Taking a break from reporting on COVID-19 legal developments, we turn for a moment to what is happening now on export control of autonomous vehicle technology.

The autonomous vehicle R&D sector is booming, largely in the last three years. Companies are investing in sensor technology and machine learning, and creating pilot programs to test self-driving cars both for individuals and ride-sharing purposes.


Continue Reading The Emerging Landscape for Export Controls on Autonomous Vehicle Technology

Key Takeaways:

  • Technology Infrastructure and Data. CFIUS will focus its review on investments in critical Technology, critical Infrastructure, and sensitive personal Data (“TID Businesses”).
    • Critical technologies is defined to include certain items subject to export controls along with emerging and foundational technologies under the Export Control Reform Act of 2018.
    • CFIUS provides a very helpful list of critical infrastructure and functions to help assess whether any business is a TID Business. We reproduce most of this list at the end of this blog article. (Sneak preview: telecom, utilities, energy, and transportation dominate the list.)
    • The proposed regulations provide much-needed guidance on what constitutes sensitive personal data and also seek to limit the reach of the definition so it does not cast too wide a net over transactions in which CFIUS really should have no national security concern.
  • Exceptions for Certain Countries. Investors from certain countries may be excepted from CFIUS jurisdiction when making non-controlling investments.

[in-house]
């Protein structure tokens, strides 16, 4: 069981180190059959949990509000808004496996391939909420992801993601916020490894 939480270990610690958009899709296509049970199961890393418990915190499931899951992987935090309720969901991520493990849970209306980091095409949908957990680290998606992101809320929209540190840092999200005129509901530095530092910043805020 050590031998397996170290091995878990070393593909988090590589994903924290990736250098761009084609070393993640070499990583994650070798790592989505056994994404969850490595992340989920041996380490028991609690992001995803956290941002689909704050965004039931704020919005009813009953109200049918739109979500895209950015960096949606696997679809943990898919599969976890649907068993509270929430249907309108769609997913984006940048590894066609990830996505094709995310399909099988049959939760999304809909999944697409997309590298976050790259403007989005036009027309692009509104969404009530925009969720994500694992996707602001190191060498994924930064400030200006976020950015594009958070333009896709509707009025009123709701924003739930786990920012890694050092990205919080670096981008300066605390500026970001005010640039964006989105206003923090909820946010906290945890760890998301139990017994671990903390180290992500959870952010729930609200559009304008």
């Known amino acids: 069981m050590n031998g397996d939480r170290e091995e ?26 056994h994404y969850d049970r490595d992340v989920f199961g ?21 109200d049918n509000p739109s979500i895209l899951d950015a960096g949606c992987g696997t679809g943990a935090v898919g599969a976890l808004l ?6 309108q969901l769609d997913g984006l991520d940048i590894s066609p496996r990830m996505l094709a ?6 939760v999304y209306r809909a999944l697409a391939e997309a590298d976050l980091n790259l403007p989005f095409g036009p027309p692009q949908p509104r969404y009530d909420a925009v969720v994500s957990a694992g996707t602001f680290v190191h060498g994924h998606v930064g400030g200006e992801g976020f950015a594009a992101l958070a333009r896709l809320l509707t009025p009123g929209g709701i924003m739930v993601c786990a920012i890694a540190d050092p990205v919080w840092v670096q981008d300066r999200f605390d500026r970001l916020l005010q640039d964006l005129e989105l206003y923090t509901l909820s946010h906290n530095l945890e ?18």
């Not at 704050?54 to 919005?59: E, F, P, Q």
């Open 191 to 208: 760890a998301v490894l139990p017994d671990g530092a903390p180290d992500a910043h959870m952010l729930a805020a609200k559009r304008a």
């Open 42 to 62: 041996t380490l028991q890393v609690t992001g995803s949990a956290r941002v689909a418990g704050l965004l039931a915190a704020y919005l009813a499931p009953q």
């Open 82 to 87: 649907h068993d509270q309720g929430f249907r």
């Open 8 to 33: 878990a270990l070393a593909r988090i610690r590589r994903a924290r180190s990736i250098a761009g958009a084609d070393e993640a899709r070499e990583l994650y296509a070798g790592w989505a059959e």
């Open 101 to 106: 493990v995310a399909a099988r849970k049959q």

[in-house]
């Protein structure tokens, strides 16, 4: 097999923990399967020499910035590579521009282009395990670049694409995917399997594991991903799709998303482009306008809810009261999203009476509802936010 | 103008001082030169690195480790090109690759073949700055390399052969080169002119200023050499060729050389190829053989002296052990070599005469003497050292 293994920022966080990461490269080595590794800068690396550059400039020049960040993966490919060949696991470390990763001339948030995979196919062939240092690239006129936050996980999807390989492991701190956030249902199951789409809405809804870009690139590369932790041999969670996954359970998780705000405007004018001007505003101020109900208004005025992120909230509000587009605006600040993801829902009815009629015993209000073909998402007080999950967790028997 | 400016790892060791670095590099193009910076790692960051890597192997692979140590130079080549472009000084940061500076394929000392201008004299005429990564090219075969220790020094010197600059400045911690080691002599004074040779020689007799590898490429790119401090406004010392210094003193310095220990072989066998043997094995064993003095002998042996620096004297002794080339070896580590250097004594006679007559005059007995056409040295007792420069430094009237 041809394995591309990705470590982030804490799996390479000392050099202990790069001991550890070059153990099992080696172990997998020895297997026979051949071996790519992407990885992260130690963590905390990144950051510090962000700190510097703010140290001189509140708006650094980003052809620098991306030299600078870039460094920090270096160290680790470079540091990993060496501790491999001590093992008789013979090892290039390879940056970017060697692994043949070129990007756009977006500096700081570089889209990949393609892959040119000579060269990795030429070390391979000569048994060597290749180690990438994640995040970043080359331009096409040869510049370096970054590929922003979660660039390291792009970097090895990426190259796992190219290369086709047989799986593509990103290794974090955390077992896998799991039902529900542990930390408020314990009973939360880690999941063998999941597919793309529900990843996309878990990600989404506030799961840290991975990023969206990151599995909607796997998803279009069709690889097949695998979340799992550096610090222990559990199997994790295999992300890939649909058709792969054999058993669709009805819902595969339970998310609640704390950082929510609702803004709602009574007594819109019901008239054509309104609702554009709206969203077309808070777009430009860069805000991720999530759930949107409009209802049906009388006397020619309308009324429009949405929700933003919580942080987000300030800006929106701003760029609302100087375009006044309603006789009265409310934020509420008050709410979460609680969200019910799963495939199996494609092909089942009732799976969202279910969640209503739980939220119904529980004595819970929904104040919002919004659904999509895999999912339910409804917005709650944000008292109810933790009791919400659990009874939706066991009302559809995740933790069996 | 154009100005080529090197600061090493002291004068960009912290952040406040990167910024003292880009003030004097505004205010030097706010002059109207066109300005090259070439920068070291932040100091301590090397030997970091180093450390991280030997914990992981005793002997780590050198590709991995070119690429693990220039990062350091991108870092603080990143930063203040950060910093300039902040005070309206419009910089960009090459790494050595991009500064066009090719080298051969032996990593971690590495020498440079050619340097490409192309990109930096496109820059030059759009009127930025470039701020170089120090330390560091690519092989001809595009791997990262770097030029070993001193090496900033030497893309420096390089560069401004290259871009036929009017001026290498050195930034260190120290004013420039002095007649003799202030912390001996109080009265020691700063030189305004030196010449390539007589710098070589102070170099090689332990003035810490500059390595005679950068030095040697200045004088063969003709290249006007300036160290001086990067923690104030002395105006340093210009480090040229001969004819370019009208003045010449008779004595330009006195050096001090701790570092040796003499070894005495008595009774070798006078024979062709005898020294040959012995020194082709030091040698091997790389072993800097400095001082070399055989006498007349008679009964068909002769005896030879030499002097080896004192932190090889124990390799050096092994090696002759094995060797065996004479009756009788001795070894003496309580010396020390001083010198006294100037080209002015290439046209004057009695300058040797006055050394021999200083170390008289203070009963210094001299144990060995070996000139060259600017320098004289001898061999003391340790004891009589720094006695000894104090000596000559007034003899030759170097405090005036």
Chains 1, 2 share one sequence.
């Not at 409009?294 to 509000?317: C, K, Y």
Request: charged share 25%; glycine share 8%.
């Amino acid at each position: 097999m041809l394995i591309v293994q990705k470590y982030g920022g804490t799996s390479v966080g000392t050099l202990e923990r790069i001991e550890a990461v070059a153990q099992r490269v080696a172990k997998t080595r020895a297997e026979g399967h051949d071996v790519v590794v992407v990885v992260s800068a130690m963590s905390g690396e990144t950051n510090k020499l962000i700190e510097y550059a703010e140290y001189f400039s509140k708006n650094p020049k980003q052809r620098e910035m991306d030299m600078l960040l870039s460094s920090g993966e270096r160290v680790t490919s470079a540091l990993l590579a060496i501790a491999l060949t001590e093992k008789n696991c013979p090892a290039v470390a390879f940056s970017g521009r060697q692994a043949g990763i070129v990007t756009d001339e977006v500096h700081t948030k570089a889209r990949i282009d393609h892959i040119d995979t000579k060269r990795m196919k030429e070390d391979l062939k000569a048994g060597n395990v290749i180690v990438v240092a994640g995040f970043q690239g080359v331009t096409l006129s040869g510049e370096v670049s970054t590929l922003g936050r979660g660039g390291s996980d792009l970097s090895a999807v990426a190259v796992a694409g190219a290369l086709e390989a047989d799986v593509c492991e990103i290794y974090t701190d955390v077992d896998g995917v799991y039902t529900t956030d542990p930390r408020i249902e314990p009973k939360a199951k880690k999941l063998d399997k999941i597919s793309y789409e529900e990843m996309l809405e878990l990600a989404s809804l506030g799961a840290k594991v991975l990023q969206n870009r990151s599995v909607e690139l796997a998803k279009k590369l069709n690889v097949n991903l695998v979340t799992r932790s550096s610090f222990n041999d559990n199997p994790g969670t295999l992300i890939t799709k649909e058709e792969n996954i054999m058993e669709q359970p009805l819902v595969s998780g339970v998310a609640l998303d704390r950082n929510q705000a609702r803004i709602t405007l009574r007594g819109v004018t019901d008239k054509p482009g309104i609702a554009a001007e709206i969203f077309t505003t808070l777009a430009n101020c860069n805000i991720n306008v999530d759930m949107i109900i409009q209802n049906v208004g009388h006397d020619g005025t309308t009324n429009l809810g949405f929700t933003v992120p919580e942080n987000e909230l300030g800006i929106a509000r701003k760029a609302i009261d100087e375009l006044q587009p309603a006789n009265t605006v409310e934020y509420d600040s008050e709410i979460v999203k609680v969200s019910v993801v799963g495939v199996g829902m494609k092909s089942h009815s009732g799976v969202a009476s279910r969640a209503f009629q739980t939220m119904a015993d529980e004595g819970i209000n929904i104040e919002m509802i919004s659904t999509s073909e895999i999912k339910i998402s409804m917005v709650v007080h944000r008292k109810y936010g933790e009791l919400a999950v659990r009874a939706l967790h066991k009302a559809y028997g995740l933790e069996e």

• New Set of Rules for Real Estate. In a companion piece, CFIUS proposed for the first time a detailed set of rules related to investments in real estate. We will cover this in a separate blog article to be published in the near future.
  • Expansion of Short-Form Declaration Use. The proposed rules provide parties the choice to use a short-form declaration for any transaction under CFIUS jurisdiction in lieu of a long-form notice.
  • Comments Due by October 17, 2019. Members of the public may submit comments on the proposed regulations any time between now and October 17, 2019. Final regulations must be adopted by CFIUS and become effective no later than February 13, 2020.


Continue Reading CFIUS Proposes Rules to Implement FIRRMA

Over the past year, the impact of international political risks on the global tech industry has been unprecedented.”
Tung Tzu-hsien, Chairman of iPhone’s Chinese assembly company, Pegatron

Technology investment is getting harder. A few years ago, strategic and private equity technology acquisitions, multinational joint venture creation, and cross-border R&D collaboration were not only relatively straightforward, they were an economic engine driving the global technology economy.

Now, U.S. export controls, technology transfer restrictions, CFIUS and other investment reviews, and tariffs and non-tariff barriers have begun to limit the options for successful transactions in the tech sector. In this article, we examine the new and emerging challenges and suggest a strategies for navigating the changing currents of global trade and politics to get your deal done despite the shifting landscape.
Continue Reading INTERNATIONAL TECH INVESTMENT ISSUE – Threats to Technology Investment from Global Politics: How to Succeed as Borders Tighten